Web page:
There were many times, particularly in the beginning, when people told me again and again that the audience for this book would be too small to interest a publisher. But whenever I mentioned the idea on my blog, or found other online communities of people with diabetes who happened to discuss pregnancy, it was clear that a resource like this was needed and would be gratefully purchased. This is what kept me going as I wrote the proposal and blogged and tried my damnedest to get pregnant: If this book ever saw the light of day, it might not make millions, but it would serve an audience hungry for the information and willing to pay retail prices to get it.

Sweet Success

I finally got pregnant through IVF; our happy and healthy son arrived in April 2007. By this time, I’d written a sample chapter (about trying to conceive while maintaining tight blood sugar control) and had rounded out the marketing plan. The demands of caring for an infant eased up after about six months, and I promised myself I would finish up the book proposal by the end of 2007, which I did by completing the table of contents. Having lived through a pregnancy with diabetes was key in knowing exactly what to focus on in my table of contents and what details to keep and what to omit.

After I finished the proposal, I asked for feedback from three friends who had written books. They had simple tweaks, and I had the manuscript professionally copy edited. This was nearly three years after I first came up with the book idea. At this point, it was 45 pages long and I thought it was awesome—some of the best writing I’d ever done.

Would anyone else agree? It was time to send the thing out and see what happened.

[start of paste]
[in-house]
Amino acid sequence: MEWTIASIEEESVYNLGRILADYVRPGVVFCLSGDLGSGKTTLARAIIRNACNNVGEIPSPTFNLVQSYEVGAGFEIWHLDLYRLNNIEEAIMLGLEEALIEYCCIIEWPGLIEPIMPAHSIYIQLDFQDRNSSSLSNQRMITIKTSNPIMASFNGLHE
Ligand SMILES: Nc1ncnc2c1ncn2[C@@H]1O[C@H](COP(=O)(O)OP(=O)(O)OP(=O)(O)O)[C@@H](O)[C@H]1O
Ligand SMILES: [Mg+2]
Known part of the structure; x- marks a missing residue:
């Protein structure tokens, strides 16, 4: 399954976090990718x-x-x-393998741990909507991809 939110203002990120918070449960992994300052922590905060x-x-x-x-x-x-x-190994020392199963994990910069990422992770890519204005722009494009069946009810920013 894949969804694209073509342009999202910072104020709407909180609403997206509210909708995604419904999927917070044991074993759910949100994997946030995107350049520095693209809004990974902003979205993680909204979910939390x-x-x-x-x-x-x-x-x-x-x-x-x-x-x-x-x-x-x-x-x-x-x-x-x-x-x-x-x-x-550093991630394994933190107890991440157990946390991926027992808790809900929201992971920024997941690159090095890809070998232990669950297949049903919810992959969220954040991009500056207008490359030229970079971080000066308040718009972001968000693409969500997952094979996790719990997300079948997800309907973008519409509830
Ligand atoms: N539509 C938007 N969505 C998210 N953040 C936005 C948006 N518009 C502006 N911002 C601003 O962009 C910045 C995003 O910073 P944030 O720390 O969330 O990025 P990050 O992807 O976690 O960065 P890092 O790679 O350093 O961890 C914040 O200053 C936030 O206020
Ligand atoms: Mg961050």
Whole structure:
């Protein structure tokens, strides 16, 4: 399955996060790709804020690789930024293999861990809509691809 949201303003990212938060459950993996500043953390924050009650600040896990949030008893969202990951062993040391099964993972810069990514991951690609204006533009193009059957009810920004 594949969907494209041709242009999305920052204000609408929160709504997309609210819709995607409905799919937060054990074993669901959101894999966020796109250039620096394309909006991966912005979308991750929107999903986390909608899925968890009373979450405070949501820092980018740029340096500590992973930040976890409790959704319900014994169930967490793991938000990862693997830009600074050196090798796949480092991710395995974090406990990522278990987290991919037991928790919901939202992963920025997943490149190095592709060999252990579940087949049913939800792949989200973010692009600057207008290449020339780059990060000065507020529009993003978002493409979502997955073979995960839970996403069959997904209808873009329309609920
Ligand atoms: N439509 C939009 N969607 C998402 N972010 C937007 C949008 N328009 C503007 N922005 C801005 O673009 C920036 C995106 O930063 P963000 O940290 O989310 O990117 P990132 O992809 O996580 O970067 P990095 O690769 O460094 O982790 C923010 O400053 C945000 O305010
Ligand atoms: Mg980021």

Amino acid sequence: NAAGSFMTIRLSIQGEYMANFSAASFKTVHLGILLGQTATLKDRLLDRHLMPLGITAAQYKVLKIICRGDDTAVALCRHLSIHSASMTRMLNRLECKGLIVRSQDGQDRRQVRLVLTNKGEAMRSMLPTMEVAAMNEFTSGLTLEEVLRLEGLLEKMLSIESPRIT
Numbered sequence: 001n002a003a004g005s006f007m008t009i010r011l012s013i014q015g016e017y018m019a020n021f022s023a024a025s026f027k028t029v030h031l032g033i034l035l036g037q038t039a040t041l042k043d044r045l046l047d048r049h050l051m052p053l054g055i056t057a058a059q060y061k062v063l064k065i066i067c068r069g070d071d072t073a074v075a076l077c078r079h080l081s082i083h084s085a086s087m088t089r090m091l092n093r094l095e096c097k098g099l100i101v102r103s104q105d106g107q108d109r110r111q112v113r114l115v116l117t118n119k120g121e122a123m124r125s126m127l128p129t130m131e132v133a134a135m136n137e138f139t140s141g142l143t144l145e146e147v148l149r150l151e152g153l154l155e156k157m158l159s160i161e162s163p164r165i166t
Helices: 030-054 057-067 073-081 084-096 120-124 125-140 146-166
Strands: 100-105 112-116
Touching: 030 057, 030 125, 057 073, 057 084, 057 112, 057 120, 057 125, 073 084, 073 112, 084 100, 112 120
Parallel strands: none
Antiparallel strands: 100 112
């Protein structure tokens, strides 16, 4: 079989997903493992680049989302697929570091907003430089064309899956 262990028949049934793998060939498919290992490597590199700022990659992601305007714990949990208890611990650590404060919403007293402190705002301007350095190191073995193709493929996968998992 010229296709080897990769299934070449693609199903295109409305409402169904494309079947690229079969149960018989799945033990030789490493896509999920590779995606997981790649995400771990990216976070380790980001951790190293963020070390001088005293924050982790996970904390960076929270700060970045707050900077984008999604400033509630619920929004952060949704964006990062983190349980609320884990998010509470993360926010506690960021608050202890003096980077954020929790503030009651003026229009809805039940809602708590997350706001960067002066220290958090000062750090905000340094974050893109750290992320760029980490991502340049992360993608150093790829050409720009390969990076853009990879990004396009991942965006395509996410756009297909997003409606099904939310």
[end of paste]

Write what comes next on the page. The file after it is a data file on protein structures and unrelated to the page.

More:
Photo by mujitra (´・ω・)

Thursday, May 14, 2009

30-Day Persistence Challenge: How persistence created

Now, I'll admit that MySpace completely missed me. I went from LiveJournal to Facebook and Twitter. But any startup (read: us) takes lots of different attempts to get it right before you hit on the magic combination of great idea, right time, right business approach and good marketing. During all that practice, you learn the best way to present yourself, you hone your business sense. For us, the way we do that is by experiencing the ups and downs of querying and writing. We learn that this approach works with this kind of editor, that that structure works with this particular kind of query. We learn how to follow up and to meet editors and generally how to be in business. The fact that some stories fail to catch on with the markets we imagine doesn't mean we're failing. It means we're learning.

Sure, I like to think that our businesses are more respectable than spam or Asian porn, but they're still businesses. Tell me what you think.

Wednesday, May 13, 2009

30-Day Persistence Challenge: Speaking of organizing--taxes

Monday, June shared how important persistence is in maintaining an organizational system. I thought now would be a good time to piggy-back off that and talk about taxes.

Yes, taxes.

I'm not talking today about how to pay them or how to save for them. Today, I want to talk about how to organize for them. This is a questions coaching clients often ask and something all freelancers have to deal with. The good news is, if we create a system and persist in using it, tax time will take less time, and, while you may still feel panicky and a little queasy, you'll feel some calm and sanity underneath that.

Creating a System

So, start with this:
  • 23 manilla folders
  • A marker
  • Some kind of storage device: A filing cabinet is my preferred solution (you don't have to look at the files every day and I already had one), but you can also use an accordian file, a hard-side lock box or a simple pair of book ends on a shelf.
  • Your receipts for so far this year.
Now label the files. One each for: